Michelin still have a chance if Bernie gets a deal from Todt

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Each day we edge closer to one decision F1 will not prevaricate over for very long.

The bids for the tyre contract to be the single supplier to Formula One between 2017-2019 are moving towards a final decision.

Both Michelin and Pirelli have satisfied the FIA’s requirements, though exactly what they are is not clear. Now the decision rests with Ecclestone as the ‘promoter’ of the sport.

The conditions of the bid to tender are set out in the current regulations agreed for 2017 and beyond, and the approach of Michelin and Pirelli has been quite different.

Speaking on behalf of the Italian tyre company, Paul Hembery confirms: “In terms of the technical aspects, we’ve said we’ll comply with the requirements of Formula 1.

“If they want to make changes to the regulations then we will give our maximum endeavours to follow them.

“We will follow the rules and comply with the decisions of the teams, promoter and the FIA”.

Yet Pirelli have increasingly failed to follow the guidelines agreed with the teams and Ecclestone, over the performance characteristics of the tyre. This is that races should predominantly be tyre restricted and that a target of two to three changes of rubber should be necessary for each driver.

Pirelli more or less delivered on this objective until the advent of the new V6 Turbo Hybrid engines, then unfortunately the average pit stops per race has slowly fallen and stands at just over 1.5 per car this season.

Michelin have taken a different approach, and believe that they can influence the current debate in Formula One over the kind of regulations for 2017.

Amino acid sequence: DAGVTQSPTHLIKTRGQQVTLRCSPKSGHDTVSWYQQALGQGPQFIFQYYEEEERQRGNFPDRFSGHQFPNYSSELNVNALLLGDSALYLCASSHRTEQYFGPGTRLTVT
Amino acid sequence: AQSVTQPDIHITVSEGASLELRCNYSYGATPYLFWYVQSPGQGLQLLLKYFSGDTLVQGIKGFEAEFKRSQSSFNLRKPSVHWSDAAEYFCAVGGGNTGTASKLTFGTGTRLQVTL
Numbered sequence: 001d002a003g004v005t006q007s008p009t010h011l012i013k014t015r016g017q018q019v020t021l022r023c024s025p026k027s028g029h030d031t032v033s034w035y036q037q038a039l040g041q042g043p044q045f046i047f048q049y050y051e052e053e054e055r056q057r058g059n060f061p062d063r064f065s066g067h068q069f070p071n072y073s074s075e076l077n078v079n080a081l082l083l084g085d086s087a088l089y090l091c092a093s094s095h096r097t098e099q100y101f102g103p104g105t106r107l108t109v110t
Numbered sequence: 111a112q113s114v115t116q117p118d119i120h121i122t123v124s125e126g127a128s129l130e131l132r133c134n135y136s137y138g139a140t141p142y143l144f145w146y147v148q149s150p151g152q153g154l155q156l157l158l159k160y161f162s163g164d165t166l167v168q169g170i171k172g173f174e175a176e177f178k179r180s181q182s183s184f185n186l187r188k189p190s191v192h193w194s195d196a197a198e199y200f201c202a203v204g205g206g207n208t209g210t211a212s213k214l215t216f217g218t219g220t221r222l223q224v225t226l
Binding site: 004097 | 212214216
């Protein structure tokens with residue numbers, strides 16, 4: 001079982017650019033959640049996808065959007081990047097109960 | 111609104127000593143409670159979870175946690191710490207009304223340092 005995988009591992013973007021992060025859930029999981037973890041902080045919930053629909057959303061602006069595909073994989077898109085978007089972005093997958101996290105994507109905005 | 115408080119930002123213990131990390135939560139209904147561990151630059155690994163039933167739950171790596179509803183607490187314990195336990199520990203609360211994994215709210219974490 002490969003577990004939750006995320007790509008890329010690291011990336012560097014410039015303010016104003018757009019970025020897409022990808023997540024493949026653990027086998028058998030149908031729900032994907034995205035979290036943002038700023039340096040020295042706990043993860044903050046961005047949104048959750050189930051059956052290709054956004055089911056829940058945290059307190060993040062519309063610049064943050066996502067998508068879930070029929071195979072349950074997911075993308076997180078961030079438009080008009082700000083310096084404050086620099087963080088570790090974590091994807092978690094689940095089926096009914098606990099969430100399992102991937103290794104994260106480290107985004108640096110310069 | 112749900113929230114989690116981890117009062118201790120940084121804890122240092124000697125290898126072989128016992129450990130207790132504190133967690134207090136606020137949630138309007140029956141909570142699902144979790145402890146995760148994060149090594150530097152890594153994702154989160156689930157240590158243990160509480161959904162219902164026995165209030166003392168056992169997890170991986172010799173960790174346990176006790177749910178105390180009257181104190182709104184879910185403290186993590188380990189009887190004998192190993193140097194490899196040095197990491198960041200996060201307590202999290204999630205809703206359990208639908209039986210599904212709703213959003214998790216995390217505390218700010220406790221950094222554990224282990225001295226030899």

The outlook for the French manufacturer is not good, because earlier this year Bernie Ecclestone described the Michelin approach as being to “make a rock-hard tyre you could put on in January and take off in December because they don’t want to be in a position where they can be criticised”.

Given that Pirelli sponsor the up coming Hungarian GP together with extensive race by race track side advertising – all of which swells the coffers of Bernie’s FOM – Michelin are up against it.

That said, the president of the FIA Jean Todt is said to favour Michelin’s approach, though without some kind of agreement between Todt and Ecclestone on other important matters, the impending decision from Bernie looks predictable.

It could though be that Ecclestone extracts big concessions from Todt over customer cars/teams or any number of other ideas he has failed to push through the strategy group. This then could open the door to Michelin being appointed as the next F1 tyre supplier.

F1 fans who long for flat out ‘pure’ racing may take heart from this possibility, though Pirelli have been modeling well this year what one stop Formula One races really look like.

9 responses to “Michelin still have a chance if Bernie gets a deal from Todt

  1. michelin should be given the opportunity to showcase their latest tyres. the LMP1 cars were able to race pretty much ‘full chat’ on each and every stint and the tyres are both grippy and fast/durable. mark webber, when asked about tyres, replied, ‘pirelli make tyres for the ‘show’ and michelin make tyres for racing’. says it all really.

  2. How about a hard tire that lasts, but doesn’t have the grip so it slides, and a soft tire like now: when do you change tires? Strategy.

  3. Are you ignoring of forgetting that races have been heavily fuel limited this season and turbulence has heavily contributed to processional races? There is a lot more going on than your well rehearsed ‘Pirelli’s hard tyres are hurting the 2015 show’.

    • The reason for two compounds and tire degradation is to create enough of a performance variance to overcome the aero turbulence and enable on track passing opportunities.

      Pirelli has admitted they’ve missed their mark so far this season. What is your point?

      • Pirelli isn’t the sole responsible for the nature of current racing. Durh.

  4. Races have never really been flat out ‘pure racing’… there has always been some element of limitation, be it driver fatigue or reliability, whilst fuel and tyres have been a factor for decades

    All this ‘fan based’ criticism over the past few years shows is a lack of understanding

  5. In one hand: yes, please, real tires.
    In the other: can’t the useless Todt take ANY decision?

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